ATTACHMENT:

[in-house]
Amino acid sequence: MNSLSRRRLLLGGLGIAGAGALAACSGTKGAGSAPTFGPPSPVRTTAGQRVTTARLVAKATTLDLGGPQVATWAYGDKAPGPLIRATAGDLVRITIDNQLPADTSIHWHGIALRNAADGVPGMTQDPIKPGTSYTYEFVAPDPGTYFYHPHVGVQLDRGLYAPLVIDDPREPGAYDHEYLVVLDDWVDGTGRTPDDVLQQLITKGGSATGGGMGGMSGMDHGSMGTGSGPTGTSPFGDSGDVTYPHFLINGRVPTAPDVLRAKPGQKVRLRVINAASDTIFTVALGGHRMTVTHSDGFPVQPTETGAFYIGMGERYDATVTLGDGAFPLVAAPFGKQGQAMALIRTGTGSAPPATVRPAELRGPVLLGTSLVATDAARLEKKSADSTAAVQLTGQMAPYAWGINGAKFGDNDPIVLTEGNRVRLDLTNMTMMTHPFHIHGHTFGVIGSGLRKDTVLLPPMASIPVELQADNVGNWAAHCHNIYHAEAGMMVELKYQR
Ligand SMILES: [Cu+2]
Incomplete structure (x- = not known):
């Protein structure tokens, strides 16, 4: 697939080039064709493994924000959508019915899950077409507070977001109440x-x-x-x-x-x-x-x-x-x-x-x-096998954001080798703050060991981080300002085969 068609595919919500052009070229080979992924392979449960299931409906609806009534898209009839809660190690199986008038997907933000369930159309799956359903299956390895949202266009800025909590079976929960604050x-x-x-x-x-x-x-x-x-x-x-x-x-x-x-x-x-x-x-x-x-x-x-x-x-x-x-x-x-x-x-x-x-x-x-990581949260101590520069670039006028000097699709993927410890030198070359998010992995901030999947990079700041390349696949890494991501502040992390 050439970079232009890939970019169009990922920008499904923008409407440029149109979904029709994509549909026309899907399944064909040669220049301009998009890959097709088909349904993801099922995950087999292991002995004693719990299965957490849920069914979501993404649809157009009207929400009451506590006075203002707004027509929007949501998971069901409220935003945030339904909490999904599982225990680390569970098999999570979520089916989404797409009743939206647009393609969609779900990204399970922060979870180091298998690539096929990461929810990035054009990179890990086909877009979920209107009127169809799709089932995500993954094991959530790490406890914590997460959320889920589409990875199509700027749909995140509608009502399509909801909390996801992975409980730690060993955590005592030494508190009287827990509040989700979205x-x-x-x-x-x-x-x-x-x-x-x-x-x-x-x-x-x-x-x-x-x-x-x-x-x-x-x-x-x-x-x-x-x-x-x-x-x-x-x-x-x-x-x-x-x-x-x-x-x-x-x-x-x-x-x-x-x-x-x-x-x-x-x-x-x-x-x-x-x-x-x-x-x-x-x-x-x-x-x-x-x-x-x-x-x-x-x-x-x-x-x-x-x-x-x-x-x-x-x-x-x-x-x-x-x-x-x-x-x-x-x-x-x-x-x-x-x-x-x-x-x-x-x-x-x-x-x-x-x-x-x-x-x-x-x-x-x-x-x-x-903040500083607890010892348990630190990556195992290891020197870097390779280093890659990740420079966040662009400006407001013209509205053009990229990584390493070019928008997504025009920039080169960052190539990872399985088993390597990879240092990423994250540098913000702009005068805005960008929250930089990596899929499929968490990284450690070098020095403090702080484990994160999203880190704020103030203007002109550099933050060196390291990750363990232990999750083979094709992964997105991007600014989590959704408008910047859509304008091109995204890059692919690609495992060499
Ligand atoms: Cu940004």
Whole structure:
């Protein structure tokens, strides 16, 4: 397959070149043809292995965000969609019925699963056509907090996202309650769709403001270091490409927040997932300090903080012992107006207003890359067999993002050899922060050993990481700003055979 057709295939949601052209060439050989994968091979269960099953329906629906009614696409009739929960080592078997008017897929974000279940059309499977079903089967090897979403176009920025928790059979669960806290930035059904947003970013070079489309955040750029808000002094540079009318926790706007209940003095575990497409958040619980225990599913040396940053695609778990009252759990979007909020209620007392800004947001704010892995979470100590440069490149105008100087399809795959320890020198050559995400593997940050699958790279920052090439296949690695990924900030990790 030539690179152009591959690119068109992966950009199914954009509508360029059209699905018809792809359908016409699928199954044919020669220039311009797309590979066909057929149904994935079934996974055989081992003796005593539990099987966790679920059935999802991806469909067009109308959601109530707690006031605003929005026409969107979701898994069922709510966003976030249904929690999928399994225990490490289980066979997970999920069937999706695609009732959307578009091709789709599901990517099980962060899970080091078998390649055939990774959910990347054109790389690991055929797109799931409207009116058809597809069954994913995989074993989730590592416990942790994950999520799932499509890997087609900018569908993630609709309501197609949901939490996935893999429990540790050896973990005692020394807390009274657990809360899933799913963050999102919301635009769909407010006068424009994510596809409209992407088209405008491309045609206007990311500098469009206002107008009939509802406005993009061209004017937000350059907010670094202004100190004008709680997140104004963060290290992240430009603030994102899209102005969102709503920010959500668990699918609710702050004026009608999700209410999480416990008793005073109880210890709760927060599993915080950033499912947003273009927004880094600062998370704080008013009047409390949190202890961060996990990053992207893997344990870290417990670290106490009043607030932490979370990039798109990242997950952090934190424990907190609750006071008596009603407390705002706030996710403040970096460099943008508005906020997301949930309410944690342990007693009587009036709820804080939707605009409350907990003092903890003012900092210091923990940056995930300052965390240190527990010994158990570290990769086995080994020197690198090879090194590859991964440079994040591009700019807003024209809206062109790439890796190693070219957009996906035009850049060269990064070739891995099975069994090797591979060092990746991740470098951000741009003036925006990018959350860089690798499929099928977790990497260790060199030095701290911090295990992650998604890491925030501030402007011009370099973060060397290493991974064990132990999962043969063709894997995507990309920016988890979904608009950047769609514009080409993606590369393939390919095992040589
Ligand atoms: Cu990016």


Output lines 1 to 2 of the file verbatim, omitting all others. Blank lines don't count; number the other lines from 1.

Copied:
[in-house]
Amino acid sequence: MNSLSRRRLLLGGLGIAGAGALAACSGTKGAGSAPTFGPPSPVRTTAGQRVTTARLVAKATTLDLGGPQVATWAYGDKAPGPLIRATAGDLVRITIDNQLPADTSIHWHGIALRNAADGVPGMTQDPIKPGTSYTYEFVAPDPGTYFYHPHVGVQLDRGLYAPLVIDDPREPGAYDHEYLVVLDDWVDGTGRTPDDVLQQLITKGGSATGGGMGGMSGMDHGSMGTGSGPTGTSPFGDSGDVTYPHFLINGRVPTAPDVLRAKPGQKVRLRVINAASDTIFTVALGGHRMTVTHSDGFPVQPTETGAFYIGMGERYDATVTLGDGAFPLVAAPFGKQGQAMALIRTGTGSAPPATVRPAELRGPVLLGTSLVATDAARLEKKSADSTAAVQLTGQMAPYAWGINGAKFGDNDPIVLTEGNRVRLDLTNMTMMTHPFHIHGHTFGVIGSGLRKDTVLLPPMASIPVELQADNVGNWAAHCHNIYHAEAGMMVELKYQR